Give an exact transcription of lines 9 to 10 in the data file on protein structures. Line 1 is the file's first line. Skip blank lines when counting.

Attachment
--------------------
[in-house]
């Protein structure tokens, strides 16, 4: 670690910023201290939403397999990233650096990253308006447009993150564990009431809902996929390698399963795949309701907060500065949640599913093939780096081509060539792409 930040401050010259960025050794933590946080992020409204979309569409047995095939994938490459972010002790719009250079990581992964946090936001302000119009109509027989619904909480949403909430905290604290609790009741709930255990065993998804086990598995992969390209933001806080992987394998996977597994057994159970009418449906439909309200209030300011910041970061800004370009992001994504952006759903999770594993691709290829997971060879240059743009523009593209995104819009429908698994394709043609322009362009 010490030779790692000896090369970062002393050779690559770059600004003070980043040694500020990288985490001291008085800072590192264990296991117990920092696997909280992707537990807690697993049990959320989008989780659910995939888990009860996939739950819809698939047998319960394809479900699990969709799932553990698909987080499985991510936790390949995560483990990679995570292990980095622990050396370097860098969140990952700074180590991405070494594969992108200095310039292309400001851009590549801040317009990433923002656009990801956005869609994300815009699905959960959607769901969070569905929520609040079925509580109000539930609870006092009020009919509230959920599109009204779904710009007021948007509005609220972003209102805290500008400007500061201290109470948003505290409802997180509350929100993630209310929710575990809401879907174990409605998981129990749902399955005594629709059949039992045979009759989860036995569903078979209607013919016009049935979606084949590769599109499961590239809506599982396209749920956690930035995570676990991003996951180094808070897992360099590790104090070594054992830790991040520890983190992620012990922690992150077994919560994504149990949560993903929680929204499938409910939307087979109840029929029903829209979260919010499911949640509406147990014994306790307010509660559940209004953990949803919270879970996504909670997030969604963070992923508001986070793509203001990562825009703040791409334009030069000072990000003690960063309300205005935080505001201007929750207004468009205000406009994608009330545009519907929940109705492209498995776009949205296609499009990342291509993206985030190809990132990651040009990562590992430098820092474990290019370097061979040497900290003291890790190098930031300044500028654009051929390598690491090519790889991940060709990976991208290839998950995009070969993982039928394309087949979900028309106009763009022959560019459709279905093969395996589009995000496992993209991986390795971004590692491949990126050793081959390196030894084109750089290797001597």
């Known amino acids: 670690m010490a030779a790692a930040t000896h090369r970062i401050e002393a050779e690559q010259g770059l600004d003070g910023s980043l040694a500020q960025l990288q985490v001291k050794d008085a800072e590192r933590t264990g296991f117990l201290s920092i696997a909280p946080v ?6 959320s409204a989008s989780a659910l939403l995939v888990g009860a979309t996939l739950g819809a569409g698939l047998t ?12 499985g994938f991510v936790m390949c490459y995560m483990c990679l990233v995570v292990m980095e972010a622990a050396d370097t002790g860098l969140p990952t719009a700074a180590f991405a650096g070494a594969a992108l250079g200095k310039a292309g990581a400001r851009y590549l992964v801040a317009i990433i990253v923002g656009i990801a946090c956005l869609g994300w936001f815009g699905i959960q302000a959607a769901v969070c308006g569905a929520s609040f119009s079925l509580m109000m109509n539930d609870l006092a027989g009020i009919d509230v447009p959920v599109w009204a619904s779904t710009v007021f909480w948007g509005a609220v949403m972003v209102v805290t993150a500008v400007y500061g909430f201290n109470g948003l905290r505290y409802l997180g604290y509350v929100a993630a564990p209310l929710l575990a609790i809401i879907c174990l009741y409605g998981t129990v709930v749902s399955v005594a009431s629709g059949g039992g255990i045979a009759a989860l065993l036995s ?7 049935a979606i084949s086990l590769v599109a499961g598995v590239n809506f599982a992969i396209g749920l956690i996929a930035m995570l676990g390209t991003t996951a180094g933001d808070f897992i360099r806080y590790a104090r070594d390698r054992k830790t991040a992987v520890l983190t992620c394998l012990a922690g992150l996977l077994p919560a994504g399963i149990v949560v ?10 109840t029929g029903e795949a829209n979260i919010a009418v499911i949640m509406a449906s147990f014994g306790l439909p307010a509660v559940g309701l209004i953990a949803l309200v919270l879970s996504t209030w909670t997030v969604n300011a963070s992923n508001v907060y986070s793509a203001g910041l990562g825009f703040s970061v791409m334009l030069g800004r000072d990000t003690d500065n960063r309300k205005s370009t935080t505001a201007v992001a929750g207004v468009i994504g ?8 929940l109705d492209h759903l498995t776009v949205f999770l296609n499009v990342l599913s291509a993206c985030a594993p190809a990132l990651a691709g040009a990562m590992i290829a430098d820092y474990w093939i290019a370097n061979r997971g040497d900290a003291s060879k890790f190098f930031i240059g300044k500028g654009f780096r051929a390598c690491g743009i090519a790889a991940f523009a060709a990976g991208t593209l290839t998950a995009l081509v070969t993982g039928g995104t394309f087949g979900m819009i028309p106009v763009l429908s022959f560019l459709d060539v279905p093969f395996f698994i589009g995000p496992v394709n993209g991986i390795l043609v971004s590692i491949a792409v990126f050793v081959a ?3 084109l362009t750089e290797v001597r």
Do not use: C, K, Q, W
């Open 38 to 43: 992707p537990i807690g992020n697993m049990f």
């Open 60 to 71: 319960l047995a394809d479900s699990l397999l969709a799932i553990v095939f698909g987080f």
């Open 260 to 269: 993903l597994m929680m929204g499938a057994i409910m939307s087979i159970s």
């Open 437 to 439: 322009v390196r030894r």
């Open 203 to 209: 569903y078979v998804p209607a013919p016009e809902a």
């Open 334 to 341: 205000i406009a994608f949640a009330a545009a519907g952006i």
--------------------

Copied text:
């Open 203 to 209: 569903y078979v998804p209607a013919p016009e809902a």
């Open 334 to 341: 205000i406009a994608f949640a009330a545009a519907g952006i």